|Scientific Name:||Natalus primus|
|Species Authority:||Anthony, 1919|
|Taxonomic Notes:||This species was formerly included in N. stramineus, but is clearly distinct from that species; see Morgan (1989), Morgan and Czaplewski (2003) and Simmons (2005).|
|Red List Category & Criteria:||Vulnerable D2 ver 3.1|
This species is listed as Vulnerable because it is only known from a single cave (and therefore, one location), with an area of occupancy (AOO) under 20 km2, and with a continuing decline in the extent and quality of its habitat that might result in the taxon becoming Critically Endangered or Extinct in a very short time.
|Previously published Red List assessments:|
|Range Description:||Rediscovered in 1992, this species was previously thought to be extinct. A recent subpopulation of this species is known from one cave on the western tip of Cuba (Tejedor et al. 2004, Mancina 2012), but fossils occur at several sites on Cuba and the Isla de Pinos (Silva Taboada 1979).|
|Range Map:||Click here to open the map viewer and explore range.|
|Population:||This species is known from a single cave, probably including a few thousand individuals (Tejedor et al. 2005). Fossil remains suggest a former wider distribution throughout Cuba and Isla de Pinos (Silva-Taboada 1979), the Bahamas and Cayman Islands (Tejedor 2011).|
|Current Population Trend:||Decreasing|
|Habitat and Ecology:||This species roosts in caves. It is known from a single cave (Tejedor et al. 2005). This species is moderately to highly gregarious with cave colonies estimated at fewer than 100 individuals (Tejedor et al. 2005). Copulation in N. primus has been observed to take place in April, and pregnant females of this species have been captured in May (Tejedor et al. 2004). It has been found to feed mostly on moths, crickets and beetles, and less frequently on other insect orders: Hymenoptera (Formicidae), Neuroptera, Diptera, Homoptera and Hemiptera (Tejedor et al. 2004).|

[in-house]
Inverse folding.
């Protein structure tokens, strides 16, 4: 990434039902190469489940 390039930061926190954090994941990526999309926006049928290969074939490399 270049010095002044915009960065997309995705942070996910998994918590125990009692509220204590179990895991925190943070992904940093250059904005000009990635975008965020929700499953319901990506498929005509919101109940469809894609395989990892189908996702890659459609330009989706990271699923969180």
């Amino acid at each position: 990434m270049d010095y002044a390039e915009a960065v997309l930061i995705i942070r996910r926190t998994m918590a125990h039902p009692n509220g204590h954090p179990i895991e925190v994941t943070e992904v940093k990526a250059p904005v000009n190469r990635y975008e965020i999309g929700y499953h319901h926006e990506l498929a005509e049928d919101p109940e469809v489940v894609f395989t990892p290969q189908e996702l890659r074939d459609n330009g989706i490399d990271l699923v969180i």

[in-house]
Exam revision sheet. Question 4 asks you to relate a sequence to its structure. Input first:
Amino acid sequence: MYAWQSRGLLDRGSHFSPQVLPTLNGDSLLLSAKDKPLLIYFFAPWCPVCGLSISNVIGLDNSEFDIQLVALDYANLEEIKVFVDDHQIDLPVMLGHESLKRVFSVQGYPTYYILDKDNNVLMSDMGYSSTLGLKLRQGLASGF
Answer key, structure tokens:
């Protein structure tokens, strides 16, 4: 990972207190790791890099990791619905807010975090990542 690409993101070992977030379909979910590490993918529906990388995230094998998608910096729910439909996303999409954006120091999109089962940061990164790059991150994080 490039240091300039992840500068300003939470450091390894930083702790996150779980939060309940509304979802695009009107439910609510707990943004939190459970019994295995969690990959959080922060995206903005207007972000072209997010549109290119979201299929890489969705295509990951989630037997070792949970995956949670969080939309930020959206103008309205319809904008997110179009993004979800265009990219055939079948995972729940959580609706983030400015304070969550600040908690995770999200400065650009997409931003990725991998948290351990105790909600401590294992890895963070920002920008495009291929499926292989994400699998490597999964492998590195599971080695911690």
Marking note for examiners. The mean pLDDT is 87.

|Use and Trade:||This species is not used.|
|Major Threat(s):||Habitat loss and human intrusion in the cave are the main threats (Tejedor et al. 2004, Mancina 2012). In addition the ongoing collapse of the roof of the cave can upset the thermal balance in this hot cave. Climatic changes could also interrupt the thermal cave balance and result in extinction of this species (L. Dávalos pers. comm.)|
|Conservation Actions:||Protecting the cave is the most important priority, this must include limitation of access by non-authorized personnel (Tejedor et al. 2004, Mancina 2012).|
IUCN. 2016. The IUCN Red List of Threatened Species. Version 2016-1. Available at: www.iucnredlist.org. (Accessed: 30 June 2016).
Mancina, C.A. 2012. Mamíferos. In: H. Gonzalez, L. Rodriguez-Schettino, A. Rodriguez, C.A. Mancina and I. Ramos (eds), Libro Rojo de los Vertebrados de Cuba, pp. 269-291. La Habana.
Morgan, G.S. 1989. Fossil Chiroptera and Rodentia from the Bahamas, and the historical biogeography of the Bahamian mammal fauna. In: C.A. Woods (ed.), Biogeography of the West Indies: in Past, present, and future, pp. 685-740. Sandhill Crane Press, Gainesville, Florida, USA.
Morgan, G.S. and Czaplewski, N.J. 2003. A new bat (Chiroptera: Natalidae) from the early Miocene of Florida, with comments on natalid phylogeny. Journal of Mammalogy 84: 729-752.
Silva-Taboada, G. 1979. Los murcielagos de Cuba. Editorial Academia.
Simmons, N.B. 2005. Order Chiroptera. In: D.E. Wilson and D.M. Reeder (eds), Mammal Species of the World, pp. 312-529. The Johns Hopkins University Press, Baltimore, MD, USA.
Tejedor, A. 2011. Systematics of funnel-eared bats (Chiroptera: Natalidae). Bulletin of the American Museum of Natural History 353: 1-140.
Tejedor, A., Silva-Taboada, G. and Rodríguez-Hernández, D. 2004. Discovery of extant Natalus major (Chiroptera: Natalidae) in Cuba. Mammalian Biology 69: 153-162.
Tejedor, A., Tavares, V.C. and Silva-Taboada, G. 2005. A Revision of Extant Greater Antillean Bats of the Genus Natalus. American Museum Novitates 3493: 1-22.
|Citation:||Mancina, C. 2016. Natalus primus. The IUCN Red List of Threatened Species 2016: e.T136777A22032828.Downloaded on 24 February 2017.|
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